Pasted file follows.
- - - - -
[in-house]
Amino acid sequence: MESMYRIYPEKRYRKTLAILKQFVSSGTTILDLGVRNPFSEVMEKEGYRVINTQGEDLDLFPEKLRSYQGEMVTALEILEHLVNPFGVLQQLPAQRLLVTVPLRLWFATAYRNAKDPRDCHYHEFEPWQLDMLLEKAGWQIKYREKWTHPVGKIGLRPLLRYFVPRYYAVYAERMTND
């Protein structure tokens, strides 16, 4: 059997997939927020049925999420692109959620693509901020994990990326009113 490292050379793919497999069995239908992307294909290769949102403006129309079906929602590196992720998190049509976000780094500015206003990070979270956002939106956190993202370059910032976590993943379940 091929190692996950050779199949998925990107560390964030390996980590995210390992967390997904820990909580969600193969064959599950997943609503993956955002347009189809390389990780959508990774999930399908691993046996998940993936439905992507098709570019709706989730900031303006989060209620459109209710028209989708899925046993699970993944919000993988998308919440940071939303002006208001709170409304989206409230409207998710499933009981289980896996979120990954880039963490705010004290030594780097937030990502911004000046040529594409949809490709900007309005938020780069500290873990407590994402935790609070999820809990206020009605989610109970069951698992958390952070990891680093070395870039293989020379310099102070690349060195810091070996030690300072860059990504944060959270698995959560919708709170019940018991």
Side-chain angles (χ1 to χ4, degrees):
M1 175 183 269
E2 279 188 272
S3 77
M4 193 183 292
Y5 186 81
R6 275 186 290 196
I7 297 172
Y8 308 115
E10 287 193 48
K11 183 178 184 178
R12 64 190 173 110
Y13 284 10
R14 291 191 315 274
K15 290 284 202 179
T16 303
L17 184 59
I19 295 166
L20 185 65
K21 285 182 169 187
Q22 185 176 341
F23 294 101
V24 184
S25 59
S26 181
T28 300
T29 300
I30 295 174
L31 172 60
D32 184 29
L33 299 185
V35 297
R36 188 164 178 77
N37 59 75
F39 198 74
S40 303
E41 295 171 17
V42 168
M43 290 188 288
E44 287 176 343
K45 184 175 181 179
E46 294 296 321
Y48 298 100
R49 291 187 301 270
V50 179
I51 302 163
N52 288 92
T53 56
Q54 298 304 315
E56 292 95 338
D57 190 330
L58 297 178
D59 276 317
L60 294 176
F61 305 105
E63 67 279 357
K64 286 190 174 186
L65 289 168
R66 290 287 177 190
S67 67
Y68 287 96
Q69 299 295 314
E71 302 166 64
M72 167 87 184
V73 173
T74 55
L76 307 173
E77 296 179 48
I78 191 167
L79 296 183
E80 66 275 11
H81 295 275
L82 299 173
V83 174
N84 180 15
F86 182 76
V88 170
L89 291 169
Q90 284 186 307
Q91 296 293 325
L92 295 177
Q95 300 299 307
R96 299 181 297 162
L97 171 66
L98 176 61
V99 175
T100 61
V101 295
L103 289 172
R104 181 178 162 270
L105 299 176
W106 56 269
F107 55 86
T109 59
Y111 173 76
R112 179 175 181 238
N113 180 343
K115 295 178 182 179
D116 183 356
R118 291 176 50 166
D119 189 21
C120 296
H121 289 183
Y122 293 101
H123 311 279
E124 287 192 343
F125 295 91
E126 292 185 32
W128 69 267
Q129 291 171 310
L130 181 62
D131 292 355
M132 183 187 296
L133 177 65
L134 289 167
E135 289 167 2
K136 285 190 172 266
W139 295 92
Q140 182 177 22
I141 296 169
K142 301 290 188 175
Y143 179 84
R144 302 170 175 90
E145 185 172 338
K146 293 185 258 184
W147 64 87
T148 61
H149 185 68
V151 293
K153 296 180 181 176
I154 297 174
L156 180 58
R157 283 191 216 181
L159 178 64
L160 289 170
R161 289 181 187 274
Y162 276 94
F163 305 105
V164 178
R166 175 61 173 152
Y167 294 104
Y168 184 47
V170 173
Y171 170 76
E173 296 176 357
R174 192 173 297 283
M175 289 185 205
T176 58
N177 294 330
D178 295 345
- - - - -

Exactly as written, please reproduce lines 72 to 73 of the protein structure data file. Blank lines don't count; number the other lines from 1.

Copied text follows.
I78 191 167
L79 296 183